that a failure to comply and or any concerns about their behaviour are likely to lead to breach and an immediate return to court or recall to prison for those under licence supervision. Programme Team The 0.5 Senior Probation Officer has been critical to the development, management and delivery of the programme. The Probation Manager chairs the multi-agency panel, negotiates with Police and other partners in relation to individual offenders, undertakes some direct work with offenders and supervises the case manager (currently PSO grade). The Police role in the programme has been essential and the officers have been excellent advocates for the work undertaken representing both the Catch and Convict and the Rehabilitate and Rehabilitate strands of the POPO approach. The Police and Probation staff form a highly effective team and have established close working relationships. The programme developed slowly from its launch in November 2003 allowing expertise and confidence in the joint work undertaken to develop. This was deliberate and has proved very effective in establishing processes and practices that are now seen to deliver reductions in re-offending. Thus the number of offenders on the programme to date has not exceeded 17 including those in custody. This has resulted in intensive work with offenders in the community. Programme Offender Panel (POP) This was established along similar lines to the MAPPA multi-agency arrangements and considerable time and effort was spent in ensuring commitment to the work of the panel from statutory and voluntary partners. The role of the panel is to share information, undertake assessment of the risks posed and needs presented by the offender and to agree an individual action plan. SMART objectives are agreed and their achievement monitored on a monthly basis. Overall progress is reported back to a quarterly meeting of a Chief Officers group comprising police, probation and local authority representatives at Director Level. The task of this group is the monitor the effectiveness of the work undertaken and to seek resources that are identified as being essential to achieving effective intervention with offenders. Expected outcomes All the expected outcomes have been met and there have been significant falls in the target offences of burglary. The numbers of offenders re-offending has been small and the programme has been effective in engaging and motivating offenders and reducing crime.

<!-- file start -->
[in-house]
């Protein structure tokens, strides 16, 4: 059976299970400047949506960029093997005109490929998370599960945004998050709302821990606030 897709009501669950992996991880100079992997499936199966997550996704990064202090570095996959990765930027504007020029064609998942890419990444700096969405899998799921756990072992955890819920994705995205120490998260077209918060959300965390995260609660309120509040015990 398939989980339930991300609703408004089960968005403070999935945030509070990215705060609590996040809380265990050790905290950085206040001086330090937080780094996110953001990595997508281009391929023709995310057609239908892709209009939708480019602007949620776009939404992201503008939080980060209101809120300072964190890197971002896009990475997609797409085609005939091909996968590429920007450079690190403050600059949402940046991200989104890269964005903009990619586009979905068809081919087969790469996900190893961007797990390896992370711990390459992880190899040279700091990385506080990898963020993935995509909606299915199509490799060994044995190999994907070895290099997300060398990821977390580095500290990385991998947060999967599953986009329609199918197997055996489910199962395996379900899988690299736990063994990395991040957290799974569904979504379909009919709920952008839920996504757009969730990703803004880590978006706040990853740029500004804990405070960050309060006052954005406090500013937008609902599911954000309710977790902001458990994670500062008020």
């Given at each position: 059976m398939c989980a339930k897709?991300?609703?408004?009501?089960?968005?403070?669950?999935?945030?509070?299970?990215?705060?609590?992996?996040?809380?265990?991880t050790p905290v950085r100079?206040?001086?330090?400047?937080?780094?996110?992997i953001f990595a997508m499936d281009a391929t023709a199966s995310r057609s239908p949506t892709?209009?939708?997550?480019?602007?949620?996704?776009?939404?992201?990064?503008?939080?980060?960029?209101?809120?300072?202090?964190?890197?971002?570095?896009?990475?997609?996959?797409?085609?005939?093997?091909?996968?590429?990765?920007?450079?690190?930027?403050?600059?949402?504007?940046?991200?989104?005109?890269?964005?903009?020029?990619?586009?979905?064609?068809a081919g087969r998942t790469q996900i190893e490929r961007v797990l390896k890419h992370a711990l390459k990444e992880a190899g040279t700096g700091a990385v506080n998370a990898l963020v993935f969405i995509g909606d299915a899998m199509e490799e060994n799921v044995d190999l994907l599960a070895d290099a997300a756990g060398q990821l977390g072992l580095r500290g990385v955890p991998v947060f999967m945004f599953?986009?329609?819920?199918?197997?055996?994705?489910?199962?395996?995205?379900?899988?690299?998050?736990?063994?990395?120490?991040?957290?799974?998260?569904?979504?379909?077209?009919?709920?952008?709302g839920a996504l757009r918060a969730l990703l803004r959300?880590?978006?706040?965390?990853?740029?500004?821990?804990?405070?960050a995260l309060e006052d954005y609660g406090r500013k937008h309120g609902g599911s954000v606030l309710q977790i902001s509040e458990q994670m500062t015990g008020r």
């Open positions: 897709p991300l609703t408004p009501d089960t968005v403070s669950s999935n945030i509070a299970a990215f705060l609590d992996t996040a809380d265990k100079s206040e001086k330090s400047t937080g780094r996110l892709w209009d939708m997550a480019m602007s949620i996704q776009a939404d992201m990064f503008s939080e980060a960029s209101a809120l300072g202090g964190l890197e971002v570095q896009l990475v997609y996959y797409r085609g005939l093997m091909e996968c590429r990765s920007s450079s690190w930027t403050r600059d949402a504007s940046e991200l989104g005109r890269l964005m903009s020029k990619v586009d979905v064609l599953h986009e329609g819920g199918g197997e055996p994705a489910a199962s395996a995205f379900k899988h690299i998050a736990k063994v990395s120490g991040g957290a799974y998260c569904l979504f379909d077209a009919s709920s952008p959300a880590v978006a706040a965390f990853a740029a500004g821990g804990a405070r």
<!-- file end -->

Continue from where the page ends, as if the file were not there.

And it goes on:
Critical success factors Without the resources provided by the CDRP it would not have been possible for the Probation Service to provide the additional case manager and management time required for work with POPO’s to be effective. Leadership and the active support of the programme by the Borough Commander, Assistance Director for Community Safety, leader of the Council and Borough Assistant Chief Probation Officer were also essential in the establishment of a multi-agency approach to prolific offenders in the Borough. Ownership and support from statutory and voluntary partners then followed. An early decision was made not to distinguish between the Catch and Convict and Reform and Rehabilitate strands of the programme. In practice the degree of offender motivation and engagement with their supervision will determine the overall emphasis at any one time. Finally the programme developed slowly, initially targeting offenders who are motivated to change. This has enabled us to build in success from an early stage and to develop confidence in the overall approach. Next Steps Work with non-statutory offenders and their early identification by Criminal Justice Agencies needs to be developed. The aim following a reconviction is to encourage the courts to place them on the programme as a direct alternative to a short prison sentence. The prompt execution of warrants for breach of court orders also needs to be ensured. This “Premium Service” for PPOs also needs to include the Prison Service and the routine exchange of information and prompt access to Offending Behaviour programmes while the offender is in custody. The information sharing protocol needs to be reviewed against that recently provided as a model by GOL and the range of prolific offenders needs to be extended. A performance management agreement will be provided by GOL and will require active implementation. The Bexley approach provides a template for other London Boroughs against which they can measure the implementation of their POPO Scheme and the London model. All Boroughs will also need to decide which agencies should be included in the “core” PPO team and whether they should co-located along MAPPA lines. Clearly the alternative is a virtual team working within a clearly defined structure. Peter Costello Assistant Chief Probation Officer

Bromely/Bexley 22nd November 2004